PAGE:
You may already be wondering, What does ‘gastronomic’ mean? The word refers to gastronomy, or the practice or art of choosing, cooking and eating good food. These days, it may be difficult to find a restaurant of exceptional gastronomy. However, you may find that Ravine meets and exceeds all expectations.
Joel Graever Miller, 44, is the chef and owner of Ravine, a restaurant and inn located in Oxford in a charming valley surrounded by oak and pine trees. He has owned Ravine since its opening 14 years ago.
“The only way I was ever going to be an owner was if I owned the property as well,” Miller said. “The reason that Ravine is where it is, is because I found a place where I could buy land and the building. So I own all of it.”
Miller has had a taste for cooking from a young age. He studied business with a focus on management information systems in college, then realized he had a passion for food.
“They were teaching a computer language that was about 25 years outdated, so I kind of lost interest and focus on that degree,” Miller said. “At the same time, I was working in a restaurant, and there’s an adrenaline rush that goes with working in a restaurant that’s hard to replicate in other jobs.”
After quitting school to focus on restaurants, Miller was faced with a decision.
“I got about three more years in and realized I was good at it,” Miller said. “And my family said, ‘If you’re going to stick with it, you need to go to culinary school and do it correctly.’ So that was how it started, completely (by) accident.”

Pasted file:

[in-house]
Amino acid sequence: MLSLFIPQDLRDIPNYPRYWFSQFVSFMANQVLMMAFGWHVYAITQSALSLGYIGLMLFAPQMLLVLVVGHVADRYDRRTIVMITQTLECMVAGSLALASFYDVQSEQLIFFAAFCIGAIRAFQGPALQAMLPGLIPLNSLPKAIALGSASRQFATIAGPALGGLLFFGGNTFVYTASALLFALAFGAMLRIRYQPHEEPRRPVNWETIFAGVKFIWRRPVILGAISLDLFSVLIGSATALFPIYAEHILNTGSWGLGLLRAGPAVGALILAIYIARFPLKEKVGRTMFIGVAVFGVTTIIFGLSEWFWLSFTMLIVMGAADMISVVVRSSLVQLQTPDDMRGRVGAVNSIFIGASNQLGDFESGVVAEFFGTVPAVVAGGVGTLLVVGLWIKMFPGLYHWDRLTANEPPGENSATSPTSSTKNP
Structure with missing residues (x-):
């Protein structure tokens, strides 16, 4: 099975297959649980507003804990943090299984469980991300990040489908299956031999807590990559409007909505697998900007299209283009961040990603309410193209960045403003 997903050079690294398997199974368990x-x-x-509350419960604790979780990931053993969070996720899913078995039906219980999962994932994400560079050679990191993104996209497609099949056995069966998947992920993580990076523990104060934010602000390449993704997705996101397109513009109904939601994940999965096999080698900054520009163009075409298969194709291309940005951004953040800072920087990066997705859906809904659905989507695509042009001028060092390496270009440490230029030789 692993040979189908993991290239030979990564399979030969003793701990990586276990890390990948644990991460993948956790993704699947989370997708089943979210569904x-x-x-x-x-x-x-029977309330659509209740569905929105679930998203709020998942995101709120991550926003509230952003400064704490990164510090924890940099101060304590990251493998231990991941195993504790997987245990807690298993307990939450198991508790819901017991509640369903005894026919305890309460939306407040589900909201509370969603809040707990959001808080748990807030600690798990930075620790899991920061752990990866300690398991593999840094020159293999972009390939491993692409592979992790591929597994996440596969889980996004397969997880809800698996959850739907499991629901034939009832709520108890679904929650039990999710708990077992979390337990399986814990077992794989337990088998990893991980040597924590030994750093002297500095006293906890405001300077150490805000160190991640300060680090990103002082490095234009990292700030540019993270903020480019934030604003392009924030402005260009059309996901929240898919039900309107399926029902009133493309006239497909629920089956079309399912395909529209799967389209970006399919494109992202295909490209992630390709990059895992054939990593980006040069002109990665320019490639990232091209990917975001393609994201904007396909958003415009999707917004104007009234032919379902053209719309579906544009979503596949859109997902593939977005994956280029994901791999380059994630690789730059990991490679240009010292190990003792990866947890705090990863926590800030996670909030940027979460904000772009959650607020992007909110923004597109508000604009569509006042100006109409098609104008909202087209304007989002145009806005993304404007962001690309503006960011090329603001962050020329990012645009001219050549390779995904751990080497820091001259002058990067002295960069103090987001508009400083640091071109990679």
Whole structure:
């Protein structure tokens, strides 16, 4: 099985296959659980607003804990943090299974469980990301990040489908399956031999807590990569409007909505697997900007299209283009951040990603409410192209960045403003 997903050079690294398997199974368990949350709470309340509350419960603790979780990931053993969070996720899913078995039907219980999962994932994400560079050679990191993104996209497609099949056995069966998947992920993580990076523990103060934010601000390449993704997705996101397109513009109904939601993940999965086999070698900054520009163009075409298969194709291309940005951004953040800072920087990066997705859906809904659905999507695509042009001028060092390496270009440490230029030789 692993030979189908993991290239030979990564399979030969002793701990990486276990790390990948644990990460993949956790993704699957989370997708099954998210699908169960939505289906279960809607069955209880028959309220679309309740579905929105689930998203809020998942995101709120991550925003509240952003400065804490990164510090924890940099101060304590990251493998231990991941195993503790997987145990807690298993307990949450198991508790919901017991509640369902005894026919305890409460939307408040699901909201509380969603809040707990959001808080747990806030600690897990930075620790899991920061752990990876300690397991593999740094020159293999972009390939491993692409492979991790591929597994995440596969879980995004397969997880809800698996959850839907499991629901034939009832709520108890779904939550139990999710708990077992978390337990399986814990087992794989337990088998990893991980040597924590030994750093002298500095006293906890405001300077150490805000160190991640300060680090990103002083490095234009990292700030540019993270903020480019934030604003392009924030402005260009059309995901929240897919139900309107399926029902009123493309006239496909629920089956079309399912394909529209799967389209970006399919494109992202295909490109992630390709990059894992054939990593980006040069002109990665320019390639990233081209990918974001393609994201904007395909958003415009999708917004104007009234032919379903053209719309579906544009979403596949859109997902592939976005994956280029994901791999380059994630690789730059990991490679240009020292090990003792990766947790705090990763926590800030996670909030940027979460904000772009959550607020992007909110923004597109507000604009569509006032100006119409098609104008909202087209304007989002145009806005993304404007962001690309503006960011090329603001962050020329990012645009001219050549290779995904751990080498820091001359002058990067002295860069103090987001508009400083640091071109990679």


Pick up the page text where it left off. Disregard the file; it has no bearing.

Miller attended Johnson & Wales University in Charleston, South Carolina and received an associate’s degree in culinary arts.
From 2000-2001, he worked in a restaurant at the Ritz-Carlton in New Orleans.
While most restaurants may not require their employees to have some level of experience, Miller prefers that they do.
“I’m much more discerning than you would say the average employer probably is,” Miller said. “I’m willing to give most people a chance, especially in the kitchen. . . . The front house servers, bartenders—I expect them to have some experience, although I’ve trained people without experience.”
While his staff is trained, Miller is knowledgeable about every aspect of his job and is able to step in if necessary.
“I’ve worked in a lot of places where owners don’t know how to cook, or they don’t know anything about wine, or they don’t know how to run their own point-of-sale system,” Miller said. “I know how to do all of it, so that makes me able to deal with all those things with my staff.”